This week, the elevated bus TEB-1 (Transit Elevated Bus) went on its first test in the northeastern city of Qinhuangdao, China. The TEB-1 is a bus, as said in the name, elevated to a high where cars can transit beneath its free space.
According to TEBTech, a company that helped build the TEB, the test was done to evaluate the bus’ braking system, drag and power consumption.
What can be expected of the TEB-1?
It is a bus of 22 meters long, 7.8 meters wide and 4.8 meters high and can carry up to 300 passengers. The interior of TEB-1 features some round seats in the middle and 18 seats along the wall with plenty space to stand.
The outstanding thing about the bus is the space beneath it for cars to circulate freely and not produce traffic, and not being part of traffic jams either. Because of the height, some of the larger trucks will not be able to pass beneath it. At every corner of the bus, it has traffic signals to alert the cars and below it.
The TEB runs on sixteen wheels and is guided by eight pairs of rail wheels, and it is supposed to run at 45 km/h.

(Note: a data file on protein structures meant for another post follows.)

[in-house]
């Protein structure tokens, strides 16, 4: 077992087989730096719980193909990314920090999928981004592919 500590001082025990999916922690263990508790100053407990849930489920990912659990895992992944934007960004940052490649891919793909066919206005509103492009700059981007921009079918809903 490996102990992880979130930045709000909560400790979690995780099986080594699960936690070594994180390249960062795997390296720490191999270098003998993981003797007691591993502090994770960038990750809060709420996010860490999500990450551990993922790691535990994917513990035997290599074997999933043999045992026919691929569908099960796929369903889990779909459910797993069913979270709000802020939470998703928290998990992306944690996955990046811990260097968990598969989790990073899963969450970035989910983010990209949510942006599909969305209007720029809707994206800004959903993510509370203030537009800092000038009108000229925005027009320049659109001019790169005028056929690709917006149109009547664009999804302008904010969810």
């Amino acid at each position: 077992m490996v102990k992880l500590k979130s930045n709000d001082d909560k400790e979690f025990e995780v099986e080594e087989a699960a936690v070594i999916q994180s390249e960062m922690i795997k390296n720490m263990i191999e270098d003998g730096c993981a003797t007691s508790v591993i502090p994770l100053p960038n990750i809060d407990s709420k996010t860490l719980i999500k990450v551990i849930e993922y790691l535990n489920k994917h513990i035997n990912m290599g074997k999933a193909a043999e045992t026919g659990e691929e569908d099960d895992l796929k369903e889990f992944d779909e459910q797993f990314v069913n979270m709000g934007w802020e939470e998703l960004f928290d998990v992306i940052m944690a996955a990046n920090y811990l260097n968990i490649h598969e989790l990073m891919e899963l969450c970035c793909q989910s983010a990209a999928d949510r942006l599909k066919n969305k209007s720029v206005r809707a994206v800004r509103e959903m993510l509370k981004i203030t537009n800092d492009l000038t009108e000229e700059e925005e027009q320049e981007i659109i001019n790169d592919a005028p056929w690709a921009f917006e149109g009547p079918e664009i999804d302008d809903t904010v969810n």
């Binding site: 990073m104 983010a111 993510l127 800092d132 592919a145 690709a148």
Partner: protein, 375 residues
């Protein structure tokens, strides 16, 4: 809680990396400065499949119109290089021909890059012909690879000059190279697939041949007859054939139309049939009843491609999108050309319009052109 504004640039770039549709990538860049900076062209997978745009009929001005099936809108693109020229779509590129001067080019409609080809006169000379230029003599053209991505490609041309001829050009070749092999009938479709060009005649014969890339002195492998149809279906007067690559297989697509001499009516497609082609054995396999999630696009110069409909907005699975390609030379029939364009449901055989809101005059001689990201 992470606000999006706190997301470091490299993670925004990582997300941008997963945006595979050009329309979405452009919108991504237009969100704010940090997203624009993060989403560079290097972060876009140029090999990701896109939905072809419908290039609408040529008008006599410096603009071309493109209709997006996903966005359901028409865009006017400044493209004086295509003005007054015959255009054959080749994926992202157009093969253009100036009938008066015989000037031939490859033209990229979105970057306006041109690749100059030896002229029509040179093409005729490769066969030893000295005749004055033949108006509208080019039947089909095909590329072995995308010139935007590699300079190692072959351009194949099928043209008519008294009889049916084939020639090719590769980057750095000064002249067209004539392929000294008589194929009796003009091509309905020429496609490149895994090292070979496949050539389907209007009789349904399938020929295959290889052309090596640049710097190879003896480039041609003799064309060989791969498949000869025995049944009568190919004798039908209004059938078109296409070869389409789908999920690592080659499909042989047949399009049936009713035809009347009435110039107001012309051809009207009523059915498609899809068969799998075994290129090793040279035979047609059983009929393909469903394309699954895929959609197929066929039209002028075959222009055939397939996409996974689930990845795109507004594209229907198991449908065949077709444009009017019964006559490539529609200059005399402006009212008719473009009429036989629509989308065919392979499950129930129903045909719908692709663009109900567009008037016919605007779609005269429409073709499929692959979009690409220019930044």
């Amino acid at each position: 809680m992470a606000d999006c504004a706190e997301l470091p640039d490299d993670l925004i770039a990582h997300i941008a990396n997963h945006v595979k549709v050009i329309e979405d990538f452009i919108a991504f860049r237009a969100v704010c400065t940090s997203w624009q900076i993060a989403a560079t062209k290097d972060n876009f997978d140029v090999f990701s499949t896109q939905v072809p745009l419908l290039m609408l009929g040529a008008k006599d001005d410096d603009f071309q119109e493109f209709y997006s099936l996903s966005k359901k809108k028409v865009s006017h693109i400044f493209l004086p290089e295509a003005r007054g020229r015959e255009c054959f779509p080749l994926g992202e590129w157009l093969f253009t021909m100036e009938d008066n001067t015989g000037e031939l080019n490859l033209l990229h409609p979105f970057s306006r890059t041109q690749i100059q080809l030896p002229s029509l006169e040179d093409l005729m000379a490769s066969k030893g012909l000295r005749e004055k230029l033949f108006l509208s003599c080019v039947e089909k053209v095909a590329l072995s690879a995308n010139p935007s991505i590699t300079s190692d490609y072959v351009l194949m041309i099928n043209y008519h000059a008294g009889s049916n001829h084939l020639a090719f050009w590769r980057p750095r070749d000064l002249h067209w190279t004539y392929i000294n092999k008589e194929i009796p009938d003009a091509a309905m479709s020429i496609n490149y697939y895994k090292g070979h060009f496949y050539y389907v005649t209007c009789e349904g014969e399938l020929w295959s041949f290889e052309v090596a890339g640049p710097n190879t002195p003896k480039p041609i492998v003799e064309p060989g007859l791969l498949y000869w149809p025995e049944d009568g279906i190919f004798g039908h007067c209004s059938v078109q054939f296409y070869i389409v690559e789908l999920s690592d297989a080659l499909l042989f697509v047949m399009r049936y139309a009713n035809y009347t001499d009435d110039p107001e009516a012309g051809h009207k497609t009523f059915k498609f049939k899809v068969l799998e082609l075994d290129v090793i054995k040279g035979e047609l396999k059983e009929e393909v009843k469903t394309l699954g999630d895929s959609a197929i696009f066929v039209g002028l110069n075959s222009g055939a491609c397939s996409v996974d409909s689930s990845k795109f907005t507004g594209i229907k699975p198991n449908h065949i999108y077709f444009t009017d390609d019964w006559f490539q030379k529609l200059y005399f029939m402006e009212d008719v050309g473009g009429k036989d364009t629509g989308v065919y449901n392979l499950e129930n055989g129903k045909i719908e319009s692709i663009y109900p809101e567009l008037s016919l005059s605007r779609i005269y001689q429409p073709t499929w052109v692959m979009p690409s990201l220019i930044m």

Because of skepticism around the bus involving some possible collisions, city officials have laid tracks for the bus test drives to address the safety of it. The bus follows the path of the rails, making it some hybrid between a bus and a train, which means it cannot take a deviation from its course. Passengers board the TEB-1 from elevated platforms, something that can be scarier and less exciting for some people, but it is probably safer.
The test and presentation consisted of putting the bus and run it on a track of approximately 300 meters and very cautiously. Details about how it would be implemented in real life were not given and if the government would have to adapt within the streets by creating the rails as in the presentation or if ultimately it will run with regular bus wheels
Besides easing the traffic, the TEB-1 would also cut the annual fuel consumption by 800 tons and carbon emissions by 2500 tons.
Introduction of the idea and development
Back in 2010, Chinese engineer Song Youzhou introduced the concept of the futuristic idea that would later become the TEB, but due to some doubts around it, a trial run was canceled.
In May, Mr. Youzhou presented another concept of the bus at Beijing’s 19th International High-Tech Expo. The New York Times reported that same month that Qinhuangdao, the city where the TEB-1 was tested this Tuesday, was one of five cities that signed contracts with the TEB Technology Development Company for pilot projects.
Mr. Youzhou told The New York Times that each bus would cost around $4.5 million. He also said to WCC Daily that if all goes according to plan, the vehicle could enter the market in a year to a year and a half. Back in July, the company unveiled the finished product.
Source: City Lab